Credit Union Australia will shutter a handful of its banking services for at least two days at the end of this week as it prepares to switch on its new online banking system.
The system, in development since late 2011, has been delivered by Tata Consultancy Services (TCS) and its BaNCS online and mobile banking platform.
TCS is also delivering CUA’s new core banking system with BaNCS, which is expected to go live in the 2014 financial year. The bank has previously said the online component would be released before the core banking overall.
The online and mobile banking component of BaNCS is an integrated end-user solution which allows customers to access deposits, loans and payments among other services online and on mobile devices.
CUA has advised customers its web banker, online banking for mobile and telebanker services, as well as fund transfers between CUA accounts, will be unavailable from 9pm Friday 4 October to a tentative 9am on 7 October. It will also close its Saturday trading branches for the day.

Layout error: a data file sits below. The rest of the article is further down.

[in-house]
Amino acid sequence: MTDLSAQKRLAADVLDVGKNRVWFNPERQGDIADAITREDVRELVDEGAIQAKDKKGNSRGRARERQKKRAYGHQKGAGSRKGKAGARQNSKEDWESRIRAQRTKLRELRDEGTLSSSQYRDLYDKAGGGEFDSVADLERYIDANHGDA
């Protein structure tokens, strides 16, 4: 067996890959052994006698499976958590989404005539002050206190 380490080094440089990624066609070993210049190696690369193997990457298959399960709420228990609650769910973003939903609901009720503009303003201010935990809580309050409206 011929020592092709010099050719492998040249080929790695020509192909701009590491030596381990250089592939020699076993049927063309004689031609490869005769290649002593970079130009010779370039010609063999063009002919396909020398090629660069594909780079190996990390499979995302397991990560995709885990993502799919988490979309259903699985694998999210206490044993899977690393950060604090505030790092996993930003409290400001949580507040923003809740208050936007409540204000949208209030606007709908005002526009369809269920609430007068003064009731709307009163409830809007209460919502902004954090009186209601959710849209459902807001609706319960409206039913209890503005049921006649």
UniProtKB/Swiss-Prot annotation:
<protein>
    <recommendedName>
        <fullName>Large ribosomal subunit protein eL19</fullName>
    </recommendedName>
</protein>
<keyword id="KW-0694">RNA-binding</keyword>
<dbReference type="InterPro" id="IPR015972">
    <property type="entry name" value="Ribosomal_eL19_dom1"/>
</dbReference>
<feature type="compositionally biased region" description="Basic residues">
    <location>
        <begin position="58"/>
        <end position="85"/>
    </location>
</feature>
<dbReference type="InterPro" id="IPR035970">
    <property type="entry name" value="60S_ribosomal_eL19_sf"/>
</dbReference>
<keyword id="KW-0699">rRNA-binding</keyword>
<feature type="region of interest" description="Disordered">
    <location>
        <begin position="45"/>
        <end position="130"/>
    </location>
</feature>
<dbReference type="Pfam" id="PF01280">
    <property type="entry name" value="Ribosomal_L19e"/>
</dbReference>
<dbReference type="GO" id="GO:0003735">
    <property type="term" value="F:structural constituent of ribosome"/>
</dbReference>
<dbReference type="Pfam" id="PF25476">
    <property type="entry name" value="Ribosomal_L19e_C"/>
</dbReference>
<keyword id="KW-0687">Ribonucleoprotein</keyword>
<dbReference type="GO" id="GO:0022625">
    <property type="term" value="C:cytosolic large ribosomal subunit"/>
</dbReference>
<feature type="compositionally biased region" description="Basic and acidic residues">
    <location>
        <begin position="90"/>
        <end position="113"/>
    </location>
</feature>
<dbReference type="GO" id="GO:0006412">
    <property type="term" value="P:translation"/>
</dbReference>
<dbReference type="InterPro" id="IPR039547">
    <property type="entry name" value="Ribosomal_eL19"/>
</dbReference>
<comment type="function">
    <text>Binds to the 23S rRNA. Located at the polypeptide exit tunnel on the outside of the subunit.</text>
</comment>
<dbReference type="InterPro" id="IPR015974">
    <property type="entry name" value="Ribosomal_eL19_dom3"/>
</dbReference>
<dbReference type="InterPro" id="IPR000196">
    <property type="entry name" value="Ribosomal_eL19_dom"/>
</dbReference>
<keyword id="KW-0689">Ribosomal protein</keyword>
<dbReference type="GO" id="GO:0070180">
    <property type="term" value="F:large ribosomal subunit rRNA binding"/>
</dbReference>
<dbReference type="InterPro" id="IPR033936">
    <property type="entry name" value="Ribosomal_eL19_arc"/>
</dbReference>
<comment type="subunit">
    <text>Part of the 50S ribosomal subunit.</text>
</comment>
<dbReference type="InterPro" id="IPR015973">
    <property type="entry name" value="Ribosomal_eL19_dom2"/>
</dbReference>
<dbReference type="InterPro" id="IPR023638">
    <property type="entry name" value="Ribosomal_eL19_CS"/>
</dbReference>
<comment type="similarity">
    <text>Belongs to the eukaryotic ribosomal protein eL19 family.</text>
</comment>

The release of the new system was initially forecast for midway through 2012. CUA declined to comment on the launch of both new systems until the "conversion and stabilisation .. has been completed".
The expected 2013 release of the new BaNCS core banking system will bring an end to more than two years of work shifting off a 19-year old Abacus banking system and IBM mainframe, a $60 million project involving the migration of over 400,000 customers.
CUA chief Chris Whitehead said at the company’s first-half financial year 2013 results in March it had concluded development and it was currently in “intensive testing” ahead of next year’s full-scale implementation.
Over the last year the bank also embarked on a Citrix-based virtualisation implementation as part of its multi-year transformation program, replacing 1000 staff desktops with Windows 7 thin clients, served from the new Tier III facility it moved into from its formerly Tier I internal primary data centre in June 2012.
It also introduced a BYOD program, initially piloting Good for Enterprise on a handful of iPads, to manage mobile devices on its corporate network.